Food

Wyoming Hunger Initiative

A new program will allow hunters in the state to donate game meat to those in need.

Food From the Field is part of First Lady Jennie Gordon's Wyoming Hunger Initiative, which is aimed at raising awareness for food insecurity in our state and supporting local organizations that do so.

The pandemic has beef markets on a roller coaster, and Shohone, Idaho's Amie Taber is among the ranchers along for the ride.

 


A little boy in an orange shirt walks up to a grab-and-go meal site at an elementary school in Salt Lake City, Utah. A school worker wearing a mask uses a bullhorn to let kitchen staff know the boy's there. Then a staffer sets a bag lunch and some extra strawberries on a table and backs away.

 


When I was little, my dad and I would walk behind our house in west-central Montana and stare at the ground. And then walk. Stare. Walk. Stare. We'd do this for hours, searching for that tasty, edible and highly prized morel mushroom.


Millions of newly impoverished people are turning to the charitable organizations known as food banks. Mile-long lines of cars, waiting for bags of free food, have become one of the most striking images of the current economic crisis. Donations are up, too, including from a new billion-dollar government effort called the Farmers to Families Food Box Program.

Beef prices are on the rise while live cattle prices are falling. One reason for that is COVID-19 disrupting meat processing plants. There are more cattle and less product because some cows can’t get processed. But many suspect there's more to the story.


Updated at 10:32 a.m. ET

Food prices have jumped the most since 1974, when double-digit inflation became a national concern. But inflation isn't a worry this time as prices for just about everything else are diving.

New inflation numbers out Tuesday from the Labor Department offer a window on how consumers are coping in the COVID-19 era. And the bottom line is that we're snacking more — and paying more for a lot of food — as we shop more at our local grocery stores.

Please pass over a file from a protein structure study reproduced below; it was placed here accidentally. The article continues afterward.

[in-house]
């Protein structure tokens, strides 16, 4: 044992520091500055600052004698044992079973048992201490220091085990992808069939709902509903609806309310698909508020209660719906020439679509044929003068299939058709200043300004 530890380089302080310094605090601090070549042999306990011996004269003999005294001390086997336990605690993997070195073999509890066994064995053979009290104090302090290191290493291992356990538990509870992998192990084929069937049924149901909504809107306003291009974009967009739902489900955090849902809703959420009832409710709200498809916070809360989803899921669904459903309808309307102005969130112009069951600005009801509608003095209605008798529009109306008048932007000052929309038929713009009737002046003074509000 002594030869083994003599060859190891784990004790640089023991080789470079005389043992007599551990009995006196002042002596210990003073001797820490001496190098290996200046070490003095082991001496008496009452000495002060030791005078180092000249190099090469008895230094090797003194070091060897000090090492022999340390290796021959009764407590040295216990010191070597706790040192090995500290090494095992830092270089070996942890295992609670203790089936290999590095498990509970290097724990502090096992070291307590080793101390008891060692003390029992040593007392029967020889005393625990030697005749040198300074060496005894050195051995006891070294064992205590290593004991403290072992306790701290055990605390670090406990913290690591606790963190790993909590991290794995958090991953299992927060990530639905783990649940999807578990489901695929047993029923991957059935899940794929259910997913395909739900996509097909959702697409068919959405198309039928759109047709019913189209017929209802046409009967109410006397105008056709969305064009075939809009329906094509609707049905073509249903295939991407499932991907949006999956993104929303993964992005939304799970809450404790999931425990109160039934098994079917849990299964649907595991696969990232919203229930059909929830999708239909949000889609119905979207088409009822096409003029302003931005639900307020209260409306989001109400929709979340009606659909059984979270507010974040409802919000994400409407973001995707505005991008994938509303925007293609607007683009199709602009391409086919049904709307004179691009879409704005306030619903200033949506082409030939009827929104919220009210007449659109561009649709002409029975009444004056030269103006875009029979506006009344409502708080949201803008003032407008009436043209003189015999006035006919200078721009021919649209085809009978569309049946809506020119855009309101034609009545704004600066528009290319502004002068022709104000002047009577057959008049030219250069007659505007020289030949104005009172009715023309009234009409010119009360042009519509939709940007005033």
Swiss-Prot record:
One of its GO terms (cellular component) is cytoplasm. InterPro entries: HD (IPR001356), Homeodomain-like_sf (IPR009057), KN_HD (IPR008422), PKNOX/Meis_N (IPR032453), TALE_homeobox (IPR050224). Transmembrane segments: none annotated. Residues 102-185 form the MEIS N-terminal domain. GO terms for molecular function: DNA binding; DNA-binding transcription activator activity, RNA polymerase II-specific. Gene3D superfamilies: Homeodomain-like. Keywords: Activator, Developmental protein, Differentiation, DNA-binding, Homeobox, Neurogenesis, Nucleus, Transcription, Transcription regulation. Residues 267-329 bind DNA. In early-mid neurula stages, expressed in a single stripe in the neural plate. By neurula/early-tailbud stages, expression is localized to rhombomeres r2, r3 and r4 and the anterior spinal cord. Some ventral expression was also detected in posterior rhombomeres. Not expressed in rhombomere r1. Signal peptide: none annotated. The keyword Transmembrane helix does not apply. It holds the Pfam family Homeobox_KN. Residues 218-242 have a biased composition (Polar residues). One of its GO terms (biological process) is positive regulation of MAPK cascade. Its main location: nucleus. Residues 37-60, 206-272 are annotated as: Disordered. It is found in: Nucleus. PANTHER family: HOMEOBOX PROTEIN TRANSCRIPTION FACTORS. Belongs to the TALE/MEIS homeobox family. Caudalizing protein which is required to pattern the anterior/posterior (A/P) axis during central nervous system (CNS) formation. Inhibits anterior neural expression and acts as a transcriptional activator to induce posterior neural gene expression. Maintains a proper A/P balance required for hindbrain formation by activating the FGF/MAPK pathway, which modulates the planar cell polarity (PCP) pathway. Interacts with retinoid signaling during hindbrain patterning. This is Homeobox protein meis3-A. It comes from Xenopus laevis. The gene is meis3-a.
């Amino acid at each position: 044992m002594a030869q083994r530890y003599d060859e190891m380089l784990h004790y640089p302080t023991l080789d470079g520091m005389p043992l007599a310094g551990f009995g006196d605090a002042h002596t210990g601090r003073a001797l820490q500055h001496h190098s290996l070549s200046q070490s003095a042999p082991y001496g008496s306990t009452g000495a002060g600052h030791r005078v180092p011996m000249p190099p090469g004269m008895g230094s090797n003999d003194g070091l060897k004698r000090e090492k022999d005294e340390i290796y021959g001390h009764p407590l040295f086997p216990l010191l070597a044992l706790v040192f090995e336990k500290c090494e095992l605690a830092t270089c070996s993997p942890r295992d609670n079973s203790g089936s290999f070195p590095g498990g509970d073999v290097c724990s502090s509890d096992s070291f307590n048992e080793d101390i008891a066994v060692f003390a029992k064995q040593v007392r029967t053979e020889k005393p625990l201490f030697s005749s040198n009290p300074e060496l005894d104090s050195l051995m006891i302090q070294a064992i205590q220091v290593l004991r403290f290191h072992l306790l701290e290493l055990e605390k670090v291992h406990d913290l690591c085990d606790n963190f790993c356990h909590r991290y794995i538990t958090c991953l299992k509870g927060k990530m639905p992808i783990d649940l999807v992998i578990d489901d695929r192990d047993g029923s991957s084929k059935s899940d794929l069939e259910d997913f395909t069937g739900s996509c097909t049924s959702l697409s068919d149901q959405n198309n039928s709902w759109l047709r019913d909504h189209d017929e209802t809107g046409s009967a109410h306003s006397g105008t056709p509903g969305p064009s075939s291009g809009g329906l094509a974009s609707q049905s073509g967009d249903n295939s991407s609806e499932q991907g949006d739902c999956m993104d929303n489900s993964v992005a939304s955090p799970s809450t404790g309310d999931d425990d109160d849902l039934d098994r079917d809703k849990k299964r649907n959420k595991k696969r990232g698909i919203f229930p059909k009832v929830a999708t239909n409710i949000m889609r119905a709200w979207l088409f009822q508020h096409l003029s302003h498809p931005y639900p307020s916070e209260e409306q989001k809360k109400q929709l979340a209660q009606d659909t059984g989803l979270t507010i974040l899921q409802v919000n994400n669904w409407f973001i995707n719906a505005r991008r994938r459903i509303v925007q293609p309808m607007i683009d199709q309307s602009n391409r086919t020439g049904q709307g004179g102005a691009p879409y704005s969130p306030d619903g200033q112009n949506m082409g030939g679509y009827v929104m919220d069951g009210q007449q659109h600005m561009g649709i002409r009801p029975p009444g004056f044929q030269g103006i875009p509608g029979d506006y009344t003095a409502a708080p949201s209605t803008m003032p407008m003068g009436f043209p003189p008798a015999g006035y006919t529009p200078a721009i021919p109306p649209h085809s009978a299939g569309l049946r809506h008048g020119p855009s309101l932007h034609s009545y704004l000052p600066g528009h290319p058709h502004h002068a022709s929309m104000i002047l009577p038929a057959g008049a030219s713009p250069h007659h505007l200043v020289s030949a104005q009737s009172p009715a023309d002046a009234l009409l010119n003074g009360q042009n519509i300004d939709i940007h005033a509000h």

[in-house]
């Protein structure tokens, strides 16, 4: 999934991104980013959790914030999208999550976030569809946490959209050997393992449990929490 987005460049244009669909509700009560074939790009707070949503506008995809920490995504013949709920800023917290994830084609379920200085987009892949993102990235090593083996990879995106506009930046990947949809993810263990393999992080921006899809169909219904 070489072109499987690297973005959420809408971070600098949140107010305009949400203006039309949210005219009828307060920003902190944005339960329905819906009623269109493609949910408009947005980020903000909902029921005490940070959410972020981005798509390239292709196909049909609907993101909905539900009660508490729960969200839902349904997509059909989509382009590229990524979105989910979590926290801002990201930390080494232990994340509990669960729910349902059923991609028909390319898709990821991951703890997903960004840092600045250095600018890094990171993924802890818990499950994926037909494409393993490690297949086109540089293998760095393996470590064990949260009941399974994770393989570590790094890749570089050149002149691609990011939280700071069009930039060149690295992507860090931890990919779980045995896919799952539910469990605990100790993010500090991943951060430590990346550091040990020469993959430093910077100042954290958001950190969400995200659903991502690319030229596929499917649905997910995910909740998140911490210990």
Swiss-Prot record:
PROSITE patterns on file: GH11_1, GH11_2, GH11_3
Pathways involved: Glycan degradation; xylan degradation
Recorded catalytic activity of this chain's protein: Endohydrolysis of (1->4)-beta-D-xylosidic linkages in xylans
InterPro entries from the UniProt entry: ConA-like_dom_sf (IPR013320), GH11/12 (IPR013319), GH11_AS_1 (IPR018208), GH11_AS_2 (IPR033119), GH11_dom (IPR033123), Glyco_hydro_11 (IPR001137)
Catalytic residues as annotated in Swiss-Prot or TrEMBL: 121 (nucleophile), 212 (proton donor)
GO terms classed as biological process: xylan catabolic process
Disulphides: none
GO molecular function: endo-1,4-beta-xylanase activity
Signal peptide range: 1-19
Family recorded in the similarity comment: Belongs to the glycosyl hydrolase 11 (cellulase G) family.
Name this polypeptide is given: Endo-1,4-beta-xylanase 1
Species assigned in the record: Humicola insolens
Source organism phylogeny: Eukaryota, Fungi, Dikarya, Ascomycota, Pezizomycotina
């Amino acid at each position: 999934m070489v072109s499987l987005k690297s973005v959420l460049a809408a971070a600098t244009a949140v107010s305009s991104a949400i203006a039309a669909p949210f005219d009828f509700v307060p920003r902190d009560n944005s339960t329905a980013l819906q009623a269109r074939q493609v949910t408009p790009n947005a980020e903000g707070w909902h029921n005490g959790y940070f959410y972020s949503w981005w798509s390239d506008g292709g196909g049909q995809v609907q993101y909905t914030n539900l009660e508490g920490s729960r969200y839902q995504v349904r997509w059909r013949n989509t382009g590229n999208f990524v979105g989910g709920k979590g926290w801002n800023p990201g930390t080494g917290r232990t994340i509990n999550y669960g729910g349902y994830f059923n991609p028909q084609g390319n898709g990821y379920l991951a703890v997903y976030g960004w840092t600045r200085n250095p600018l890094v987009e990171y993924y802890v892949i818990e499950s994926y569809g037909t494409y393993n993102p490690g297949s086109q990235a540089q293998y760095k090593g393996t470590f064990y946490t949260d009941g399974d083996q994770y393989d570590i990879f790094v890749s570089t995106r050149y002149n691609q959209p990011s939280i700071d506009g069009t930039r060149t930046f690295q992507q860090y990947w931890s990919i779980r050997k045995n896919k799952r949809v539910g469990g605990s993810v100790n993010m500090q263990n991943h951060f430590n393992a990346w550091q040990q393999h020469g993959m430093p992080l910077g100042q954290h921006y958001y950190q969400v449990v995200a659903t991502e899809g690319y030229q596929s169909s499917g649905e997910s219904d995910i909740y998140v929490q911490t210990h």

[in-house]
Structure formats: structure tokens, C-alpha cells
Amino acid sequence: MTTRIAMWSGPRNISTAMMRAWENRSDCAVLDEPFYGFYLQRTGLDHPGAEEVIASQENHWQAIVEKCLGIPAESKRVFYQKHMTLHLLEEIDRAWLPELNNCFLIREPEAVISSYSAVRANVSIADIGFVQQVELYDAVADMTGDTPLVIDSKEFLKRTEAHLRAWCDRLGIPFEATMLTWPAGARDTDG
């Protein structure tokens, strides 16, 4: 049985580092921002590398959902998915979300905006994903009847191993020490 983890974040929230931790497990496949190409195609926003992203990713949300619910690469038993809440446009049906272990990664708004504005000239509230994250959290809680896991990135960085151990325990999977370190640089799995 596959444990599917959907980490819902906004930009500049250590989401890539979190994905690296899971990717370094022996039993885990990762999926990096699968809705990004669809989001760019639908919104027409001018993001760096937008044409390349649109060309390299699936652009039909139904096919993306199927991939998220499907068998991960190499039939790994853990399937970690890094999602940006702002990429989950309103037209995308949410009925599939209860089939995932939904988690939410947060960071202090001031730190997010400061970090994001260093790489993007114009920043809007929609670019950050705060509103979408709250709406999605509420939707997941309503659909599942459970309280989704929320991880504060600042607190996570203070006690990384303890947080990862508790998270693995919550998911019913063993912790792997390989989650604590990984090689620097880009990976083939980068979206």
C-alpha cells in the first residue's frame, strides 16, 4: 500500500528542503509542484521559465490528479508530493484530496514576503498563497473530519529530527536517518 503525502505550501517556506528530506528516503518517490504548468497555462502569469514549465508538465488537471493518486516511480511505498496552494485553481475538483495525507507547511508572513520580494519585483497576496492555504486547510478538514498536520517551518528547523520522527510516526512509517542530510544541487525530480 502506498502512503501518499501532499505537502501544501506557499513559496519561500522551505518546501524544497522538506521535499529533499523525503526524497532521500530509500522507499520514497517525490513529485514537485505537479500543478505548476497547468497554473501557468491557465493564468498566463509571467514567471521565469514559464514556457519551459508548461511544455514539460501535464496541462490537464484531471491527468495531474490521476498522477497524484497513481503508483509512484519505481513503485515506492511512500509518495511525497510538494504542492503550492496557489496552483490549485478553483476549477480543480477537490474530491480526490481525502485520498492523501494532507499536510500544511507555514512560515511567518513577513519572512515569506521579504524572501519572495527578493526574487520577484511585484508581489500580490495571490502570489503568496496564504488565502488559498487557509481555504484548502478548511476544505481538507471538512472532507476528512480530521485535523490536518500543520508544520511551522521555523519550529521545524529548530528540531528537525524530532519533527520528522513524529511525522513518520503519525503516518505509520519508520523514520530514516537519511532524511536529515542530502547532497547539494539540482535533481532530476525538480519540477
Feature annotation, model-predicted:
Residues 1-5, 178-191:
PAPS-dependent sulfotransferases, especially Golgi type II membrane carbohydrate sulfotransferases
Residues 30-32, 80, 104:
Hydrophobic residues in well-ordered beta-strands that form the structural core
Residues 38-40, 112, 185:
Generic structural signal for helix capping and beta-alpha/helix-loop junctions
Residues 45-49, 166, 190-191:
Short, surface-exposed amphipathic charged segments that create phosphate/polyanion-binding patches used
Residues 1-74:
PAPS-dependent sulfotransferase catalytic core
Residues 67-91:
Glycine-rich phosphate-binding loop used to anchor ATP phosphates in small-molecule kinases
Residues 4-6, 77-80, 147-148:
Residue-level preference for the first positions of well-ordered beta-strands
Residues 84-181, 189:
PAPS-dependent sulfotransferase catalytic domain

Wyoming Hunger Initiative

Wyoming First Lady Jennie Gordon's hunger initiative has started a new program, Food From the Farm and Ranch, to get local meat to people in need.

The Wyoming Hunger Initiative is partnering with state groups and agencies like the Wyoming Stock Growers Association and the Wyoming Department of Agriculture to provide ground beef.

Chris Descheemaeker ranches black angus, red angus cross with her family outside of Lewistown, Montana. The coronavirus pandemic, she says, comes after a few tough winters and an already tough market.


I-5 Design & Manufacture

Residents of Park, Sheridan and Campbell County went to grocery stores and pharmacies more often during March. That's according to Google data from users who have opted in to location history for their Google account.

wyomingfoodbank.org

The Wyoming Food Bank of the Rockies is deploying its resources to help people who have been impacted by the coronavirus.

Food Bank Director Tony Woodell said they are delivering twice the amount of food they regularly bring to their partners across the state.

It’s hard to keep some items stocked in stores these days. We’ve all heard about the toilet paper shortage. But what about eggs?


The vast majority of the country is under lockdown right now. But stay-at-home orders come with a few exceptions — like grocery shopping.

Many of us are still venturing out to stock up on food and toiletries. But what's the safest way to shop during this pandemic? And what should you do once you've brought your haul home?

We asked infectious disease, virology and food safety experts to share their tips about safe grocery shopping — and what you can stop worrying about.

Know the dangers — focus on the people, not the food

Ivy Engel

On March 19, Wyoming Gov. Mark Gordon issued an order requiring all food establishments to halt sit-down services and move exclusively to delivery or to-go orders. Just a couple of weeks later, the order was extended through April 30.